BR: Yeah, he was at Radio City. He was a very good friend of mine. Whenever I was in New York City and I knew that they were doing Bolero, I used to love to go to Radio City, sit in the last row right next to the projection booth, and listen to him—amazing hands. Zutty Singleton was another guy I loved to hear. George Wettling was good, too, and Cliff Leeman. They were good players, and they were interesting. When Mel Lewis was with the Terry Gibbs band, he did some of the best drumming I ever heard with that band. I’m not just saying that because he’s sitting here. I’m not that free with compliments, but the band was so hot. It was the most perfect way of playing drums with that band. Mel’s a marvelous drummer and totally individualistic. He doesn’t sound like anybody else. That’s the best thing you can say about anybody, and I said it.
RM: Perhaps that’s why people still look up to drummers like you and Mel. Our magazine gets letters from a lot of people who want to read about the older players.
BR: I read your magazine every now and then. I’ve noticed in the past few issues that there are pages and pages of people that, perhaps I’m ashamed to say, I’ve never heard of and probably never will hear of in the general sense of what drums mean. Most people neglect the idea that the drum is a musical instrument. If it’s hit and banged, it’s just a drum. If it’s played, it’s a musical instrument, but by today’s standard, it’s hitting as hard as you possibly can, as many times as you possibly can, on as many drums as you possibly can. I think I have a pretty good ear, but it’s almost impossible for me to pick out one player from another player. There’s only one style, and that’s whatever that thing is that makes a hit record.
I’m not into nostalgia. What I’m saying is that, if Babe Ruth were alive today, he’d still be the greatest hitter. So if Krupa and Chick Webb were alive today, they’d be like Babe Ruth because they had inventiveness, they were individualistic, they were creative, and they were serious. Players are not serious today in the true sense. When you read about a guy who says, “Man, we’ve been on the road three weeks. We’re off for a year now,” it’s a little ludicrous. When you get the kind of acclaim that this business gives you, and the money that it affords you, and the places that it takes you, you’re supposed to give something back. You can’t just take. You’re supposed to give something back, and by giving back I mean that you’re supposed to be out there doing what you do to all audiences, all your life, all over the place—not just major cities. Wherever there’s an audience, you’re supposed to play. Otherwise you’ve taken a whole lifetime to perfect whatever it is that you’re doing and then you neglect it, which is a criminal act to yourself. So when I read in your magazine that some band is taking nine months off because they worked three nights in a row, it’s a little hard for me to comprehend. The road is not a bad place, and there’s a lot to be done by people who are serious about it. Maynard Ferguson is serious about it. Woody Herman is serious about it. People like that made it, and they’re giving back. They don’t bitch about it, and they don’t cry about it. “Oh God, we’ve been in the studio for nine months.” People who record correctly are in the studio for three days, and then they get the hell out. It doesn’t take a pound of coke to make you play good, and the engineers don’t have to be ripped. Instead of 24 tracks, why not two tracks? If you go in and just do it, you’re pretty good. But if you need all of that electronic help and you need nine months to get it on tape, maybe you’re really not that good. These days, it’s all based on: “Let’s have a hit record. Let’s get the 40 million dollar royalty and take a couple of years off.” That’s what I mean by taking and not giving.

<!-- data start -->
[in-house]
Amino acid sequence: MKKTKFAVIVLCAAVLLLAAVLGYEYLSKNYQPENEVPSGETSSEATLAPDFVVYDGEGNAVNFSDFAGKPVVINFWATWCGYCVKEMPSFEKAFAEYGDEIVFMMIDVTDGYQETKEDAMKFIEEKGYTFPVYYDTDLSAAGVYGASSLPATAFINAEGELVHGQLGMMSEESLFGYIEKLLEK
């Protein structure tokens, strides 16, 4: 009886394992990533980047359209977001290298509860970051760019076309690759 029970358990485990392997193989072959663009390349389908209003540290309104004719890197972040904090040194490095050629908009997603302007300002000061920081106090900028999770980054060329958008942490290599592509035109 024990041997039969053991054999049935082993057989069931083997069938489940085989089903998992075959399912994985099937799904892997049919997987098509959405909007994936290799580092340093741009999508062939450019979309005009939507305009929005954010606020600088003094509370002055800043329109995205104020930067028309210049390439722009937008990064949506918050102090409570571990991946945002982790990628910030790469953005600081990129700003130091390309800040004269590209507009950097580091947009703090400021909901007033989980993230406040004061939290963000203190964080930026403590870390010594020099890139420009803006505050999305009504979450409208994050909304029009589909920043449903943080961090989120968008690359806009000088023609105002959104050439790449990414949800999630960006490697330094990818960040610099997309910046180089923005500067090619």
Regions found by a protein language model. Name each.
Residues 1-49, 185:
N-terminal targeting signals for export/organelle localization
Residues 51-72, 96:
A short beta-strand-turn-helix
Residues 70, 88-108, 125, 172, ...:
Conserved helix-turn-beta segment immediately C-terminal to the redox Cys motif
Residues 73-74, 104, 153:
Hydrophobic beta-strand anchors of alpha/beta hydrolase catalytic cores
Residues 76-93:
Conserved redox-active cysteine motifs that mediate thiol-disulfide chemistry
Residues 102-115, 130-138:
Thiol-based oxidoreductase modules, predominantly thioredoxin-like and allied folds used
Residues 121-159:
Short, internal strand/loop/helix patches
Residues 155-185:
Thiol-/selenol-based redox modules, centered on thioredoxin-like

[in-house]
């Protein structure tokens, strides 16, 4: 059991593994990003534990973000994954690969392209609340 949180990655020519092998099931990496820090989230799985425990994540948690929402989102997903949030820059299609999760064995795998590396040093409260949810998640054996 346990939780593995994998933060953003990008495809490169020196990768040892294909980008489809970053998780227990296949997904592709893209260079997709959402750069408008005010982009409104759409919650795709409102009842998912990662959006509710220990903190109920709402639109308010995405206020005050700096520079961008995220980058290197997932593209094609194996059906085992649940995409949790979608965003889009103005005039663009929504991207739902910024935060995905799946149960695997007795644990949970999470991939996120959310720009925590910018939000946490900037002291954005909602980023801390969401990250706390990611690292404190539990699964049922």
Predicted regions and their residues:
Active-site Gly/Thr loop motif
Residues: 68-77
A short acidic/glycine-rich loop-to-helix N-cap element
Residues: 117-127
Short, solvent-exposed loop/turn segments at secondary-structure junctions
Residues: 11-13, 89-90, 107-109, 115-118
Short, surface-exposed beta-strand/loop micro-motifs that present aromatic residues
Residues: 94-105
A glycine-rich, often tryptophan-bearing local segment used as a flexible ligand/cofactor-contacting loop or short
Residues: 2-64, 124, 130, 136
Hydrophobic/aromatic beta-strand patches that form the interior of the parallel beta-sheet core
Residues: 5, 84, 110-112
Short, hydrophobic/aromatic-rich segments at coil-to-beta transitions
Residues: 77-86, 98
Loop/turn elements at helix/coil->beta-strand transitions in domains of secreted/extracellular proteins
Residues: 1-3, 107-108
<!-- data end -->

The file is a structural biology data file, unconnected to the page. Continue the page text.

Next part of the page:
RM: You use a lot of young players in your band. What are they aiming for? Do you ever talk to them about their ultimate goals? Are they prepared to spend their lives on the road?
BR: I would hope so, but that’s another thing. If you asked me when I was 20 how long I wanted to stay on the road, I would have said a month, because I had been working at the Hickory House. I was making exactly $66 a week working from 10:00 at night to 4:00 every morning, plus a Sunday matinee. When I got my first gig with a big band, I said, “Oh, that’s what it is.” And when I went with Artie Shaw, I said, “Oh, that’s really what it is.” And with each band, it became clearer to me that this is really where I belong. Each band that I went into, I grew into the chair and I grew into the band. I felt, “Yeah, this is exactly what I want to do. Maybe one day, I’ll get a band of my own, but I always want to be in a big band.” When I had to play with little groups, I played with them. But all the time I was playing with little bands, I kept hearing nine brass. Now I have nine brass and I’m happy.